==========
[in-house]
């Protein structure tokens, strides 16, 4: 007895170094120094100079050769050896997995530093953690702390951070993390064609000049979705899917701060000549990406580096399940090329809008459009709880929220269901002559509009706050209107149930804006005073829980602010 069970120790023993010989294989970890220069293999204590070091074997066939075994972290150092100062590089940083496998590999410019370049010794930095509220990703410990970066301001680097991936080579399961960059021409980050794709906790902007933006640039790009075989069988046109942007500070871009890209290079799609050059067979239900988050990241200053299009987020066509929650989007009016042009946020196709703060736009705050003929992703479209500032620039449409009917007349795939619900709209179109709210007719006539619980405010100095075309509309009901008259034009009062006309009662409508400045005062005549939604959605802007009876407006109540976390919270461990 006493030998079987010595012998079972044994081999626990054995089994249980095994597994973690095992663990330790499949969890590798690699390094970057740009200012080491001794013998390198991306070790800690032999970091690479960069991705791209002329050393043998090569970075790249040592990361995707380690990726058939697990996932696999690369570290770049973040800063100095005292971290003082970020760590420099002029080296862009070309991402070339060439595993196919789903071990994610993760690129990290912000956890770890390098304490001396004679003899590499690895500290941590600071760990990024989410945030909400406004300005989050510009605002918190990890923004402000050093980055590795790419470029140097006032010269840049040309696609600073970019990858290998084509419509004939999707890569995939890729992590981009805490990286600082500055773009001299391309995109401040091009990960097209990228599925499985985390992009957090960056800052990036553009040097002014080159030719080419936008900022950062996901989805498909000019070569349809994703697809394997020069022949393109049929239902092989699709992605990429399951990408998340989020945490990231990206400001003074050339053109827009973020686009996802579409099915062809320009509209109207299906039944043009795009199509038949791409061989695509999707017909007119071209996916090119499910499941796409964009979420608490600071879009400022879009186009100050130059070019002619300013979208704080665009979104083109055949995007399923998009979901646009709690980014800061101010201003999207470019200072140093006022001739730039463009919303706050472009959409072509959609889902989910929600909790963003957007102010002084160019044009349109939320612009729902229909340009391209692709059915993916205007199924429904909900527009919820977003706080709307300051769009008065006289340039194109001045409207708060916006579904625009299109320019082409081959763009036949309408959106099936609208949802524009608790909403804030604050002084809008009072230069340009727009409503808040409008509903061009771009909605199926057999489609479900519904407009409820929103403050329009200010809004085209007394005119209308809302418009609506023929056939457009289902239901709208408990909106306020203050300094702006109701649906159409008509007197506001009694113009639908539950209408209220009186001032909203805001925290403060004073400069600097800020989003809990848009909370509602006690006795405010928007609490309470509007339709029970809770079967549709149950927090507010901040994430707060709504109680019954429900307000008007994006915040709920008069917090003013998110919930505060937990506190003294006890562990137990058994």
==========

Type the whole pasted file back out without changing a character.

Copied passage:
[in-house]
């Protein structure tokens, strides 16, 4: 007895170094120094100079050769050896997995530093953690702390951070993390064609000049979705899917701060000549990406580096399940090329809008459009709880929220269901002559509009706050209107149930804006005073829980602010 069970120790023993010989294989970890220069293999204590070091074997066939075994972290150092100062590089940083496998590999410019370049010794930095509220990703410990970066301001680097991936080579399961960059021409980050794709906790902007933006640039790009075989069988046109942007500070871009890209290079799609050059067979239900988050990241200053299009987020066509929650989007009016042009946020196709703060736009705050003929992703479209500032620039449409009917007349795939619900709209179109709210007719006539619980405010100095075309509309009901008259034009009062006309009662409508400045005062005549939604959605802007009876407006109540976390919270461990 006493030998079987010595012998079972044994081999626990054995089994249980095994597994973690095992663990330790499949969890590798690699390094970057740009200012080491001794013998390198991306070790800690032999970091690479960069991705791209002329050393043998090569970075790249040592990361995707380690990726058939697990996932696999690369570290770049973040800063100095005292971290003082970020760590420099002029080296862009070309991402070339060439595993196919789903071990994610993760690129990290912000956890770890390098304490001396004679003899590499690895500290941590600071760990990024989410945030909400406004300005989050510009605002918190990890923004402000050093980055590795790419470029140097006032010269840049040309696609600073970019990858290998084509419509004939999707890569995939890729992590981009805490990286600082500055773009001299391309995109401040091009990960097209990228599925499985985390992009957090960056800052990036553009040097002014080159030719080419936008900022950062996901989805498909000019070569349809994703697809394997020069022949393109049929239902092989699709992605990429399951990408998340989020945490990231990206400001003074050339053109827009973020686009996802579409099915062809320009509209109207299906039944043009795009199509038949791409061989695509999707017909007119071209996916090119499910499941796409964009979420608490600071879009400022879009186009100050130059070019002619300013979208704080665009979104083109055949995007399923998009979901646009709690980014800061101010201003999207470019200072140093006022001739730039463009919303706050472009959409072509959609889902989910929600909790963003957007102010002084160019044009349109939320612009729902229909340009391209692709059915993916205007199924429904909900527009919820977003706080709307300051769009008065006289340039194109001045409207708060916006579904625009299109320019082409081959763009036949309408959106099936609208949802524009608790909403804030604050002084809008009072230069340009727009409503808040409008509903061009771009909605199926057999489609479900519904407009409820929103403050329009200010809004085209007394005119209308809302418009609506023929056939457009289902239901709208408990909106306020203050300094702006109701649906159409008509007197506001009694113009639908539950209408209220009186001032909203805001925290403060004073400069600097800020989003809990848009909370509602006690006795405010928007609490309470509007339709029970809770079967549709149950927090507010901040994430707060709504109680019954429900307000008007994006915040709920008069917090003013998110919930505060937990506190003294006890562990137990058994």